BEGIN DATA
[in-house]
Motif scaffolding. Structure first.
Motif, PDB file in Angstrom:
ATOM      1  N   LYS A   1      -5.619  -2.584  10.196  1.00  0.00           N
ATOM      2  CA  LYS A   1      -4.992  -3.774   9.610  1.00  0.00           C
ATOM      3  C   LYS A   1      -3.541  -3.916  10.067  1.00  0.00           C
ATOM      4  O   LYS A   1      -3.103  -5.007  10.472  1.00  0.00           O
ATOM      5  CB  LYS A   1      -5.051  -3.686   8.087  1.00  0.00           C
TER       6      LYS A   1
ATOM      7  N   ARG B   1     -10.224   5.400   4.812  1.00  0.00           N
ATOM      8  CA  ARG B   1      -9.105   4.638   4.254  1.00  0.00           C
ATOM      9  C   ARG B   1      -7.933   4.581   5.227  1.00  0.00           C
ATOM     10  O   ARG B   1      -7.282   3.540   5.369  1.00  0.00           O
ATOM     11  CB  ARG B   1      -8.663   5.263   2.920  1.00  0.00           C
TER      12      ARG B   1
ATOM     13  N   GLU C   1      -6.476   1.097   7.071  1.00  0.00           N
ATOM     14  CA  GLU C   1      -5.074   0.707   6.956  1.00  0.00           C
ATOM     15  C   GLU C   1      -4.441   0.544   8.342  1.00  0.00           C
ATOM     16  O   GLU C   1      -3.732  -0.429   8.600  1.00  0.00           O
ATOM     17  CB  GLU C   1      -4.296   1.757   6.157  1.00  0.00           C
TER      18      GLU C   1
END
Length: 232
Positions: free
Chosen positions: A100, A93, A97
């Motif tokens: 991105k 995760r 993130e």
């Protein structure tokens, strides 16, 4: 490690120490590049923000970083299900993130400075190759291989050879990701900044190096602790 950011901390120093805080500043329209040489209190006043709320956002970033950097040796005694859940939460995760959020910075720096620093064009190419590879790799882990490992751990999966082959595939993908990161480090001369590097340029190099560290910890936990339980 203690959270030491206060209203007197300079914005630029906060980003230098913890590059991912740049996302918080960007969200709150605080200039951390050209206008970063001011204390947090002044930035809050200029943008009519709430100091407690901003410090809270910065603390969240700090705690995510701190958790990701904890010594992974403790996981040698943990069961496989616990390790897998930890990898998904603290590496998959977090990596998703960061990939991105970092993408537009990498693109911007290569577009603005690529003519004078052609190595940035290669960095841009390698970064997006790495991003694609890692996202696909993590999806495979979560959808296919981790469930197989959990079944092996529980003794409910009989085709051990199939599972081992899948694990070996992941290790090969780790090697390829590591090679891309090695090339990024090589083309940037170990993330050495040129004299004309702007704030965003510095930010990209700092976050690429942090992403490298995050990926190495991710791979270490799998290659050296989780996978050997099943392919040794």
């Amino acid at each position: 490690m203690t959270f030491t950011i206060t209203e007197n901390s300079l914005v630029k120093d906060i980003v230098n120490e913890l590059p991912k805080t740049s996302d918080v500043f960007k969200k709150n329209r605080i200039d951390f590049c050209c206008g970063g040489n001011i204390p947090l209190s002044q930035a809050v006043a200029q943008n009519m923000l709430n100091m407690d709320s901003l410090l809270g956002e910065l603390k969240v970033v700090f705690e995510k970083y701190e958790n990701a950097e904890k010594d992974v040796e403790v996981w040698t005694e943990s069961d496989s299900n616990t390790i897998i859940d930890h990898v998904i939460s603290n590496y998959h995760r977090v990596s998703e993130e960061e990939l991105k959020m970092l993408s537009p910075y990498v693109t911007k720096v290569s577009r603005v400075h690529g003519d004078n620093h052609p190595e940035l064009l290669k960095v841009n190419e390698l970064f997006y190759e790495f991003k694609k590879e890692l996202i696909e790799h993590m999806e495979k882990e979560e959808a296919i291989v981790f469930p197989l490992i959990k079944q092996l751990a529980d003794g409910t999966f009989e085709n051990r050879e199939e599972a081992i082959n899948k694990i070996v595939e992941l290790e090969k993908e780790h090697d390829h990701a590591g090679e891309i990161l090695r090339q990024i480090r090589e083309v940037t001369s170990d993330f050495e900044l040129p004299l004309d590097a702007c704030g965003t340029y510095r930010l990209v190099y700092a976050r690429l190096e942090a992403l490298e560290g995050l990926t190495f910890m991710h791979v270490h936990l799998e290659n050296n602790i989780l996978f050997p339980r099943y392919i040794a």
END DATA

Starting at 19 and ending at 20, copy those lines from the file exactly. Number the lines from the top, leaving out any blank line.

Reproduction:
ATOM     16  O   GLU C   1      -3.732  -0.429   8.600  1.00  0.00           O
ATOM     17  CB  GLU C   1      -4.296   1.757   6.157  1.00  0.00           C